The importance of making a will

7th Sep 2017

Last Friday Radio Norfolk covered the importance of making a Will during their weekly finance slot with Adam Aitken on the Chrissy Jackson show. I went along to give expert advice on making a Will and to provide information about how best you can provide for your family following your death.

Power of Attorney

During the discussions it became apparent that whilst most adults understand the need for a Will around 53% of the adults in the UK do not currently have a Will.

During the show the important questions of why having a Will is so important and what the effects could be if you die without a Will in place were discussed.

What can I cover in my Will?

Preparing a Will means that you can name those that you wish to deal with your estate (your executors) upon your death. You are also able to detail any funeral wishes that you may have which will provide assistance to your loved ones at an emotional time.

If you have minor children you are also able to name guardians to look after them and it is possible to make gifts of individual items or sums of money to your loved ones, friends, neighbours or charities.

Ultimately preparing a Will means that your wishes are followed after your death and you can name who you wish to benefit from your estate.

What happens to an estate if there is a Will?

If you have a Will in place upon your death your executors are able to begin to deal with administering your estate. The Will is the evidence that they are entitled to deal with your assets and liabilities and they are able to communicate with the relevant financial institutions.

Should a Grant of Probate be required to administer your estate your executors are entitled to take this out and this will allow them to collect in monies held in banks, sell or transfer shares and sell your property.

A Grant of Probate is not always needed and it is worth seeking legal advice at the outset to find out how you can administer the estate correctly.

What are the risks of not having a Will in place?

If you do not have a Will in place you are unable to state who you wish to benefit from your estate upon your death. Your estate will be dealt with by intestacy and this may mean that certain relatives, in some instances people you have never met, will benefit from your estate.

One of the examples that was explored during the show was a recent case example that I have been dealing with whereby I am assisting an unmarried couple. The couple have been partners for a long period of time but have not chosen to marry. They do not have Wills in place and upon one of the partners getting seriously ill this discussion has taken place. I have advised that should the seriously ill partner die now his estate would pass via intestacy. Looking into his family and the rules of intestacy his estate will either pass to relatives that he has no knowledge of and which would take a genealogy expert to trace or in the absence of any family member being found passed to the Crown.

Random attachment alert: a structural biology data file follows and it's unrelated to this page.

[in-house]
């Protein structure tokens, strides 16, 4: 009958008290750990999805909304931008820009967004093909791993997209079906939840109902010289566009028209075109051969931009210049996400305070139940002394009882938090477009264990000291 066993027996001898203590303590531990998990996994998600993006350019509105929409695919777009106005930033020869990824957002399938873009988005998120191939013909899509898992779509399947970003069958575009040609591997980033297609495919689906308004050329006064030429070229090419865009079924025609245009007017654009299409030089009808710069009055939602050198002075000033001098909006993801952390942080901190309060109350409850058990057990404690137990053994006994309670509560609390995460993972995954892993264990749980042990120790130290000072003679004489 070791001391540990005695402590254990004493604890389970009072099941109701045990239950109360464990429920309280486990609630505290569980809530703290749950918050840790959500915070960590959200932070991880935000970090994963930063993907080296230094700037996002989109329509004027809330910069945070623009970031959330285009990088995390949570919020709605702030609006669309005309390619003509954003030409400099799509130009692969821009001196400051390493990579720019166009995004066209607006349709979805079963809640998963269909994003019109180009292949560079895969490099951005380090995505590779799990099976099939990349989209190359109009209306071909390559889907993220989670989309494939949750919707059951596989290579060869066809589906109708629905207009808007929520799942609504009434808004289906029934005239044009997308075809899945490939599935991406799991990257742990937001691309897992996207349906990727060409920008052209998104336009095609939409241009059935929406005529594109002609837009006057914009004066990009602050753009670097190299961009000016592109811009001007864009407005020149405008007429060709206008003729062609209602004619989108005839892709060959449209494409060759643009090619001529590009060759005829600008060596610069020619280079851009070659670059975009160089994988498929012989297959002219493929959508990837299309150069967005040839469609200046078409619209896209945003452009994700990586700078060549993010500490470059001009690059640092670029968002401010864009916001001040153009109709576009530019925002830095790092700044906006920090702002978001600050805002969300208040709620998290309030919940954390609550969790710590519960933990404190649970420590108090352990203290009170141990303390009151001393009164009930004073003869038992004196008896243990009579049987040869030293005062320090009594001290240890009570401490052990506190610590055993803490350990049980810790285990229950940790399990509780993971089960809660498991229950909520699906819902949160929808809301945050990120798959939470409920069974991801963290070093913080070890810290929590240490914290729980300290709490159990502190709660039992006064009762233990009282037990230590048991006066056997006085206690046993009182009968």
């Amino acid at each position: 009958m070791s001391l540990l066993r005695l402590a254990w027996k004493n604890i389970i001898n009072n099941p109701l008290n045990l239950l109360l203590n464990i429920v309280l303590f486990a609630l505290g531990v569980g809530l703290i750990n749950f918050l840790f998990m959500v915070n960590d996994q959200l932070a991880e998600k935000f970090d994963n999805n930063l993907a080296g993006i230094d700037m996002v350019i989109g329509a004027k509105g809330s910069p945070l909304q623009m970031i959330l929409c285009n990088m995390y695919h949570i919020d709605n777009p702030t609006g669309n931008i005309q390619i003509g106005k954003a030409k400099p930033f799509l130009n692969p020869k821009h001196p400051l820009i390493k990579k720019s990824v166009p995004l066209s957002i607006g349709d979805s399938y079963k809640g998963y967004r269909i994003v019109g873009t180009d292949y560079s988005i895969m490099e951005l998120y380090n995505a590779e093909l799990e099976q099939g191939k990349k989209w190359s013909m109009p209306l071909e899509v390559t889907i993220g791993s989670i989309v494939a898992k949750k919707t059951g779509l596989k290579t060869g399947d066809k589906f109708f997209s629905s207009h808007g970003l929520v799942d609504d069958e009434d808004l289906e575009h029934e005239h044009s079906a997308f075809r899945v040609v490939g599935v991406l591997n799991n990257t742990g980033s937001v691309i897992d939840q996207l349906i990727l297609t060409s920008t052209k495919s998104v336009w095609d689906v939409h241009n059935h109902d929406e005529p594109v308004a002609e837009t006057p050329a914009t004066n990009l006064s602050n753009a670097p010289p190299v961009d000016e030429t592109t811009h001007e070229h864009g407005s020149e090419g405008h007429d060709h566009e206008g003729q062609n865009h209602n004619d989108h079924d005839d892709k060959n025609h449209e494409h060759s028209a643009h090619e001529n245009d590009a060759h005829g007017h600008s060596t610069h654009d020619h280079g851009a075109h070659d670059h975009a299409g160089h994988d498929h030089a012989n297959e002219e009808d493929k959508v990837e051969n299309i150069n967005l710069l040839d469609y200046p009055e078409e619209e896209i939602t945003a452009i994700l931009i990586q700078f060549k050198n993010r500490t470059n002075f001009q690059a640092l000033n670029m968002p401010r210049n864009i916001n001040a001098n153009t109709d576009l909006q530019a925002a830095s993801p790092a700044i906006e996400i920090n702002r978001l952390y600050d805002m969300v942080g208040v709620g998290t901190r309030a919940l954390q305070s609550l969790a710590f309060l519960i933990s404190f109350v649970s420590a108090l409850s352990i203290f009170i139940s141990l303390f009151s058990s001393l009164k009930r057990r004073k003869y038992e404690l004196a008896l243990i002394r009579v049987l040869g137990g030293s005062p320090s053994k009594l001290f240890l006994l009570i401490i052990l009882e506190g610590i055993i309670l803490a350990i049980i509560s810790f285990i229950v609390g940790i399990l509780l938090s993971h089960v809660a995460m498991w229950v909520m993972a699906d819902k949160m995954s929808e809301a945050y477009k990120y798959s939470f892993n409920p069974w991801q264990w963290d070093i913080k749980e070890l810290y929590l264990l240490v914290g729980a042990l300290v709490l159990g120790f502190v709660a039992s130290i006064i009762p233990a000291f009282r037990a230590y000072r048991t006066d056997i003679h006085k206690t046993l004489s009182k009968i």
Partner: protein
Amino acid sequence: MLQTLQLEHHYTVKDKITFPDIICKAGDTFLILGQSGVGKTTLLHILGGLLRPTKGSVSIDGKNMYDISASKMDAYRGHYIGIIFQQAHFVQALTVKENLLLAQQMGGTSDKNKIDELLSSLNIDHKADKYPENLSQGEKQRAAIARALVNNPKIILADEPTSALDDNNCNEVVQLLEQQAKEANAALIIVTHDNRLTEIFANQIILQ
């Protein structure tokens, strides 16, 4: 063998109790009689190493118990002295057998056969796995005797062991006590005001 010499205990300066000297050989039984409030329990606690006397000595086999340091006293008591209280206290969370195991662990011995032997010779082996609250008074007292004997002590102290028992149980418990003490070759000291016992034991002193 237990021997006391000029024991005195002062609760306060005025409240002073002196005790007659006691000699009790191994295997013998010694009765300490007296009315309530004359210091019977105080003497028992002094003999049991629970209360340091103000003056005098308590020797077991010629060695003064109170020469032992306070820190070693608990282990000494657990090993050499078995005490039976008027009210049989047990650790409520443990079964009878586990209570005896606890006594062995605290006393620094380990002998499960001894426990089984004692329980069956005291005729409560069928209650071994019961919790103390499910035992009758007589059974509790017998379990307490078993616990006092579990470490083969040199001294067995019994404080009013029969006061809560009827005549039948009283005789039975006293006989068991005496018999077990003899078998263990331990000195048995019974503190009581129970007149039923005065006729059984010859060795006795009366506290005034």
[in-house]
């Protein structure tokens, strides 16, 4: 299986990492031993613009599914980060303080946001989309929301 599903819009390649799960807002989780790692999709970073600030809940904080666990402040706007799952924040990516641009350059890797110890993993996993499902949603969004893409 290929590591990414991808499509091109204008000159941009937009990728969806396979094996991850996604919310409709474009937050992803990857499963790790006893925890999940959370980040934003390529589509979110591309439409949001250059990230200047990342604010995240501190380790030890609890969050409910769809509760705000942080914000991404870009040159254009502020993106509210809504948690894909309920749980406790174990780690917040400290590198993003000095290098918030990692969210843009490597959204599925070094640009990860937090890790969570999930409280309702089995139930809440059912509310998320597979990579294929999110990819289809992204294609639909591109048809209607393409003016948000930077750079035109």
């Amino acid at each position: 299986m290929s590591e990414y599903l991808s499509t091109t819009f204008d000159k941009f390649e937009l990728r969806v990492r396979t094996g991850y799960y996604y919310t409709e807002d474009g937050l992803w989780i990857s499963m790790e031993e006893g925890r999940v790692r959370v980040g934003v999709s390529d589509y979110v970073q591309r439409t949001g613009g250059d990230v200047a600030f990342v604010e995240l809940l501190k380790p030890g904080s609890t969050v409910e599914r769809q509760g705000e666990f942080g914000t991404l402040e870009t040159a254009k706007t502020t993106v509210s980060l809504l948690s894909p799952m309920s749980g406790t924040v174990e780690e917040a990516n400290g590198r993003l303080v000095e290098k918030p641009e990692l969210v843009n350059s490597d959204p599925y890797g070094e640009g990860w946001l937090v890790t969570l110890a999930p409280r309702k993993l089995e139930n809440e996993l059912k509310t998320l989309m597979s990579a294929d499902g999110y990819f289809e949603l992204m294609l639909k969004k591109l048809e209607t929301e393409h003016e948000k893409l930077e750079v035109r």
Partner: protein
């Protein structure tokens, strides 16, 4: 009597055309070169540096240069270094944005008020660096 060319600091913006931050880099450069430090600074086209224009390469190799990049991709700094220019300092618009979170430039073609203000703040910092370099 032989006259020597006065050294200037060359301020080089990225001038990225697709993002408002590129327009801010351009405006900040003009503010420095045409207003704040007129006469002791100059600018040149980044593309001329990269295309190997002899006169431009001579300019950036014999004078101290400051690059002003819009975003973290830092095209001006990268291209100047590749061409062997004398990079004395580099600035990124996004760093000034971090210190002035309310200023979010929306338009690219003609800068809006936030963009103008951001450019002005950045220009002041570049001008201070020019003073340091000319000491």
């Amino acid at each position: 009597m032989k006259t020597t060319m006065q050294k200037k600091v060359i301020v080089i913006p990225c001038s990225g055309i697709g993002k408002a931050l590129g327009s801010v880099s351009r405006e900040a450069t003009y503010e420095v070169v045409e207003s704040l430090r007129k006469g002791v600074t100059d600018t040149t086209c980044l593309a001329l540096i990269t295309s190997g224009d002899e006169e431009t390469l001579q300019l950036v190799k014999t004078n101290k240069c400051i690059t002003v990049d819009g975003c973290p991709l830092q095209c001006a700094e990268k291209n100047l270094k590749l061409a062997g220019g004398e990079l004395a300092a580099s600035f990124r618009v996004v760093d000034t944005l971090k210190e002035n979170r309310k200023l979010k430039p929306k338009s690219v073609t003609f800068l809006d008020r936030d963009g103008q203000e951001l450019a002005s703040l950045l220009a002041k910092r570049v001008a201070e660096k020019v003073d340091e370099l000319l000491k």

If this is left unresolved during lifetime then his partner would be unprovided for by intestacy despite their lengthy relationship and all of their wishes to benefit each other.

There is a common misconception of common law spouses which has no binding legal effect upon your death and the only way to ensure you provide for an unmarried partner immediately upon your death is by putting in place a Will.

It is possible in some circumstances for a surviving partner to make a claim under the Inheritance (Provision for Family and Dependants) Act 1975. We have a specialist team who can advise on Inheritance and Trust Claims – you can contact Peter Hastings at ph@rogers-norton.co.uk or on 01603 675639

When should I review my Will?

It is always worth reviewing your Will if your circumstances or the circumstances of one of your beneficiaries changes.

Some of the key factors to consider are marriage, divorce, and birth of children, a change in your financial position or a change in the inheritance tax position.

In any event we would always advise that you check your Will every five years to check you are happy with its current content.

If you have any concerns that your Will is not what you want or does not apply to your current position it is best to telephone and speak with a legal advisor so that they can talk you through the matter.

 

During the show there were also some listeners who called in to ask very relevant and commonly asked questions.

What if I or one of my beneficiaries has changed address since the Will was made?

People do move address and it is not necessary to update your Will each time someone named within the Will moves. It is however helpful to keep a note of their new address with the copy of your Will at home and periodically update the solicitor’s office that holds your Will so that they have a record.

How will I know if a loved one has made a Will?

Upon making a Will we would always suggest that you tell your executors you have made a Will and where a copy of that Will can be found. It can be helpful to give your executors the contact details of the office or person that you have been dealing with so that they can make contact with them upon your death.

It is also possible to register your Will on a national database Certainty to which Rogers & Norton subscribe.

www.nationalwillregister.co.uk

You can listen to the full discussion on Radio Norfolk here:

http://www.bbc.co.uk/programmes/p05bxj7y

If you have any queries or issues about making a Will, or wish to review the one you currently have in place, then you can contact me at lr@rogers-norton.co.uk or on 01603 675645 or Wenke Lie-Critchley in our Attleborough office at wlc@rogers-norton.co.uk or on 01953 458162